Hockey and freedom

There are few things more beautiful in the eyes of a hockey fan than hats raining down onto the ice. Last night’s Bruins win was significant not only because we’re off to a 1-0 advantage over the Islanders in the series, and not only because David Pastrnak scored his second career playoff hat trick, but also because it was the first day since the Covid-19 pandemic that sports were allowed to be played before full-capacity crowds in Boston. Even though I only watched the game on TV, I could feel the jubilant energy of the fans emanating through my TV screen, and my heart was warmed by the sight of the ice crew diligently scooping up the dozens upon dozens of hats that fans had thrown onto the ice in Pasta’s honor.

Another thing that is beautiful in my eyes as a supporter of individual rights and liberty is the fact that TD Garden does not require Covid-19 vaccination or testing in order to attend games. The joy from seeing the approximately 18,000 fans would have been tainted and hollow if accompanied by the knowledge that they had been required to undergo a medical procedure in order to be there. No one should be required to have any medical procedure in order to live his or her life, and attending sports is part of that. Yes, going to a game in an arena packed with yelling, cheering fans presents some risk of catching the virus, but that is a risk that people have the right to take if they wish. Yes, some people would feel more comfortable attending games if they knew that their fellow fans had been vaccinated and/or tested, and might choose not to attend absent these requirements, but that is exactly the way that it should be. People should do the activities they are comfortable doing, and avoid the activities they are not comfortable doing, as opposed to demanding that other people’s bodily integrity be violated in order to make themselves feel safer.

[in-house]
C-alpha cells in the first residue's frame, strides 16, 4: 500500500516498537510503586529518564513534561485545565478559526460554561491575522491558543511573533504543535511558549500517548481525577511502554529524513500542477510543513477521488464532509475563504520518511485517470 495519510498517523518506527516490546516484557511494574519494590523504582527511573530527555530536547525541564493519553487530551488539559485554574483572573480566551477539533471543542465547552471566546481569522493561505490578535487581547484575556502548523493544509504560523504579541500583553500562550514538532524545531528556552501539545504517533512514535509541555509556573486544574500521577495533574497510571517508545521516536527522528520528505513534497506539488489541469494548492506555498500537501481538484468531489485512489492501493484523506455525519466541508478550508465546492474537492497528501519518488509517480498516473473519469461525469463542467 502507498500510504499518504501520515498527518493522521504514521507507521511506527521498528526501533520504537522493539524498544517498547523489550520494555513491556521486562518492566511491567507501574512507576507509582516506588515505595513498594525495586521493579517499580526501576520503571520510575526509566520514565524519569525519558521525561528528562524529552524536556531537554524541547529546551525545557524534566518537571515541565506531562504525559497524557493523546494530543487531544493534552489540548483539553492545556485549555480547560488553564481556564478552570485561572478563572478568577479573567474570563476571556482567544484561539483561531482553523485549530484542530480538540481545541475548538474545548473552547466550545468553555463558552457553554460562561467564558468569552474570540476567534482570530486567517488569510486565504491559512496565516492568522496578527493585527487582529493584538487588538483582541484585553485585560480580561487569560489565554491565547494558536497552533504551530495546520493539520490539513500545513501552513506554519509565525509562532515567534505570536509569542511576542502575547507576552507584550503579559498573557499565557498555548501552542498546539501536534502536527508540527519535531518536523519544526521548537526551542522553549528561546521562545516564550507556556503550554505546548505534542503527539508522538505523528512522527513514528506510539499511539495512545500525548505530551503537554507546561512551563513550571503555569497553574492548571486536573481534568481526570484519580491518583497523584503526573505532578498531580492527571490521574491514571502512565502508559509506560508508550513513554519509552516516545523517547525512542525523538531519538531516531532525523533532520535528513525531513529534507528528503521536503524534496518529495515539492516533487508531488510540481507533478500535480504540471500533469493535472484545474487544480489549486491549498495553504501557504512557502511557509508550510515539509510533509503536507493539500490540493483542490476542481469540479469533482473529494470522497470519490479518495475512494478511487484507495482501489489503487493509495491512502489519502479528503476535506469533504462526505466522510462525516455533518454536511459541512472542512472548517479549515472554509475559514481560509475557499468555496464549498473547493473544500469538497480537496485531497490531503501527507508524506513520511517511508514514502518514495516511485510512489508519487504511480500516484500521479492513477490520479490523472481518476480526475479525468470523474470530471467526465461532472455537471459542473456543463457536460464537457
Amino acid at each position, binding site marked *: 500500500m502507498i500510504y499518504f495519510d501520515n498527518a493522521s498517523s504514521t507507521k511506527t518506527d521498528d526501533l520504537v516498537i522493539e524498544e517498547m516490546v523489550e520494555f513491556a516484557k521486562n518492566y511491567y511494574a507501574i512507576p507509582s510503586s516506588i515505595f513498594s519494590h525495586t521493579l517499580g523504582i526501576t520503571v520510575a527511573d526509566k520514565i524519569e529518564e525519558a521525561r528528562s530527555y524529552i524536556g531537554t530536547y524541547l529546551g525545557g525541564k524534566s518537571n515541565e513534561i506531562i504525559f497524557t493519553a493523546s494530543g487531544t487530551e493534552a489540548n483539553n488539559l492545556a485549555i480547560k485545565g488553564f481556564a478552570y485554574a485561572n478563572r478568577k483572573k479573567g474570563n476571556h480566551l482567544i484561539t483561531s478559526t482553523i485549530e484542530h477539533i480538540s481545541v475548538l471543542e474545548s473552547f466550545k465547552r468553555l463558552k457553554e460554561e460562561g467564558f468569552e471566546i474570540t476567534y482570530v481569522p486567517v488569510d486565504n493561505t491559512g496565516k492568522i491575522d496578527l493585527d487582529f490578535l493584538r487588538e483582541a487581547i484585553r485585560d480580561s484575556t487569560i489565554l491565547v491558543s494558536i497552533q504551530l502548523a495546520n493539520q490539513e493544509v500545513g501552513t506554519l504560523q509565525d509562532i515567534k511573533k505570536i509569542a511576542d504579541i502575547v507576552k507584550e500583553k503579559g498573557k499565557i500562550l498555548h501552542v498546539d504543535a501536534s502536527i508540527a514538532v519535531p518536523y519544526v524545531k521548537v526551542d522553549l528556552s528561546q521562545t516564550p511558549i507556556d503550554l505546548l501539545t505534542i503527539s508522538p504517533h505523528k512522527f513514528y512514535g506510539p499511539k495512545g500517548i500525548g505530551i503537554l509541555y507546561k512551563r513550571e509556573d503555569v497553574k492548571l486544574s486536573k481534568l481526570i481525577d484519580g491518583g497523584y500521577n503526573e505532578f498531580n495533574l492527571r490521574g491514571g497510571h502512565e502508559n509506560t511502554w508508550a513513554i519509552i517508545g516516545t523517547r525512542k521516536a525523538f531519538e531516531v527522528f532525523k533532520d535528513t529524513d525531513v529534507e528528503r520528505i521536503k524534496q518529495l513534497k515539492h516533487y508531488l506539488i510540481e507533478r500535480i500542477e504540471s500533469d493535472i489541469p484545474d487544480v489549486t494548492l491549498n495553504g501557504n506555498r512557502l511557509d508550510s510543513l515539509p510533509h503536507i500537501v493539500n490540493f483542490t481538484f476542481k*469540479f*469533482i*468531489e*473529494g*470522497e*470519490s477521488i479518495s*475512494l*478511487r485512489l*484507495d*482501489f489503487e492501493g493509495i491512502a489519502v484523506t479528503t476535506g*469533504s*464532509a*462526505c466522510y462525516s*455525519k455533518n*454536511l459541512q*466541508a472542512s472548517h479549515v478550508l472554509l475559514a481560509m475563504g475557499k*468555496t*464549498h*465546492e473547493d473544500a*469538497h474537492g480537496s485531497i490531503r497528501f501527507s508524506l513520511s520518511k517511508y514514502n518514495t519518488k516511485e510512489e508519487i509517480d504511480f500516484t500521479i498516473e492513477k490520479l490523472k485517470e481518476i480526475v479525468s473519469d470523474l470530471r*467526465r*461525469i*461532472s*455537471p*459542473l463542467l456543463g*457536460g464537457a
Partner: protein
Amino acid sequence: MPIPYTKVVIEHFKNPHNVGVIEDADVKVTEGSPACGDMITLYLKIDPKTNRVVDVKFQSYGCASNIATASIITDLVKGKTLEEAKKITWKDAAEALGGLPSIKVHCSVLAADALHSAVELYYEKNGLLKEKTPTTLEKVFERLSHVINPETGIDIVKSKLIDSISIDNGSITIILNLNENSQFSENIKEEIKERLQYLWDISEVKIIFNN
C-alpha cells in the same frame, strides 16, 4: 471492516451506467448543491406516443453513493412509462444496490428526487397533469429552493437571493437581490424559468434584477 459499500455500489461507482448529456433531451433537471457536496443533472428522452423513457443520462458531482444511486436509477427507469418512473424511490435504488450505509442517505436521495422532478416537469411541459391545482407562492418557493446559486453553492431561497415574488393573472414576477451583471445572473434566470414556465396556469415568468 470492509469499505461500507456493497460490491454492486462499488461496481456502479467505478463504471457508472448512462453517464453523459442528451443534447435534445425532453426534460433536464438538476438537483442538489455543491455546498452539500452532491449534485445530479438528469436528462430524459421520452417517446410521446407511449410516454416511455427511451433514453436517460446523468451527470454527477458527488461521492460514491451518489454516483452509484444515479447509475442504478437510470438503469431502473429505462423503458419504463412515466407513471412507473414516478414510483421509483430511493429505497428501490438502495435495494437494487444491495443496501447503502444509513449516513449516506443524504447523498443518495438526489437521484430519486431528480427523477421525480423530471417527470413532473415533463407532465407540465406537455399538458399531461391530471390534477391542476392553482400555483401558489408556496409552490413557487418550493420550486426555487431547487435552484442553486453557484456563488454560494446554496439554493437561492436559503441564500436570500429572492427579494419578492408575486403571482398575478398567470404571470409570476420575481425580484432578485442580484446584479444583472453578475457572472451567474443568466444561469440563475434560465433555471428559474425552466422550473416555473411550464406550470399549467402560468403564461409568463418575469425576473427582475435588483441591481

A win for both the Bruins and individual liberty is a beautiful thing indeed.